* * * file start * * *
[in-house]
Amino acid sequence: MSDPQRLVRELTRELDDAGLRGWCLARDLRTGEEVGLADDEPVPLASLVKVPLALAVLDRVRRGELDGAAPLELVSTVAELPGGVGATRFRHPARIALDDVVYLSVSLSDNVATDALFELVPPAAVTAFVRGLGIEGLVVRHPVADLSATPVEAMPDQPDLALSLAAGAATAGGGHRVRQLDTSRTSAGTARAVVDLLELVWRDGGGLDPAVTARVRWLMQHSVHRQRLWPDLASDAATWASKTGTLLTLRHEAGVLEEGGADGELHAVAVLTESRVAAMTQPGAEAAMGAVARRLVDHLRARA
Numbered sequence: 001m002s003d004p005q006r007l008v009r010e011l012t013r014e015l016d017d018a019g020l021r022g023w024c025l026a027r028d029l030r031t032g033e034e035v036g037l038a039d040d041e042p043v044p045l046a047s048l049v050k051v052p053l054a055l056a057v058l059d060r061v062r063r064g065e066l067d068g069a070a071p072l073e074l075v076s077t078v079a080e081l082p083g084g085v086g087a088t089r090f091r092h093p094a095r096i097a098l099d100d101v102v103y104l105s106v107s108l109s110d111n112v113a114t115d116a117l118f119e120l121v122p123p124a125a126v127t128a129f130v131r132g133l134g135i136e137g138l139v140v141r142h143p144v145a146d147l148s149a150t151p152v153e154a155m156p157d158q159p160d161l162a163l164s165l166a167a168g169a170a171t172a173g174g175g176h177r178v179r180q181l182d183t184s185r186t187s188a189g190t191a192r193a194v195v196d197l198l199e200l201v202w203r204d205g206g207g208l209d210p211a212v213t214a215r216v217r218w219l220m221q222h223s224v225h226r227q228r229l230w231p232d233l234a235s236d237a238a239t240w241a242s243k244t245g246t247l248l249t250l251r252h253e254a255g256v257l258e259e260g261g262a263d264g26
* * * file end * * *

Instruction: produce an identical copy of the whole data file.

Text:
[in-house]
Amino acid sequence: MSDPQRLVRELTRELDDAGLRGWCLARDLRTGEEVGLADDEPVPLASLVKVPLALAVLDRVRRGELDGAAPLELVSTVAELPGGVGATRFRHPARIALDDVVYLSVSLSDNVATDALFELVPPAAVTAFVRGLGIEGLVVRHPVADLSATPVEAMPDQPDLALSLAAGAATAGGGHRVRQLDTSRTSAGTARAVVDLLELVWRDGGGLDPAVTARVRWLMQHSVHRQRLWPDLASDAATWASKTGTLLTLRHEAGVLEEGGADGELHAVAVLTESRVAAMTQPGAEAAMGAVARRLVDHLRARA
Numbered sequence: 001m002s003d004p005q006r007l008v009r010e011l012t013r014e015l016d017d018a019g020l021r022g023w024c025l026a027r028d029l030r031t032g033e034e035v036g037l038a039d040d041e042p043v044p045l046a047s048l049v050k051v052p053l054a055l056a057v058l059d060r061v062r063r064g065e066l067d068g069a070a071p072l073e074l075v076s077t078v079a080e081l082p083g084g085v086g087a088t089r090f091r092h093p094a095r096i097a098l099d100d101v102v103y104l105s106v107s108l109s110d111n112v113a114t115d116a117l118f119e120l121v122p123p124a125a126v127t128a129f130v131r132g133l134g135i136e137g138l139v140v141r142h143p144v145a146d147l148s149a150t151p152v153e154a155m156p157d158q159p160d161l162a163l164s165l166a167a168g169a170a171t172a173g174g175g176h177r178v179r180q181l182d183t184s185r186t187s188a189g190t191a192r193a194v195v196d197l198l199e200l201v202w203r204d205g206g207g208l209d210p211a212v213t214a215r216v217r218w219l220m221q222h223s224v225h226r227q228r229l230w231p232d233l234a235s236d237a238a239t240w241a242s243k244t245g246t247l248l249t250l251r252h253e254a255g256v257l258e259e260g261g262a263d264g26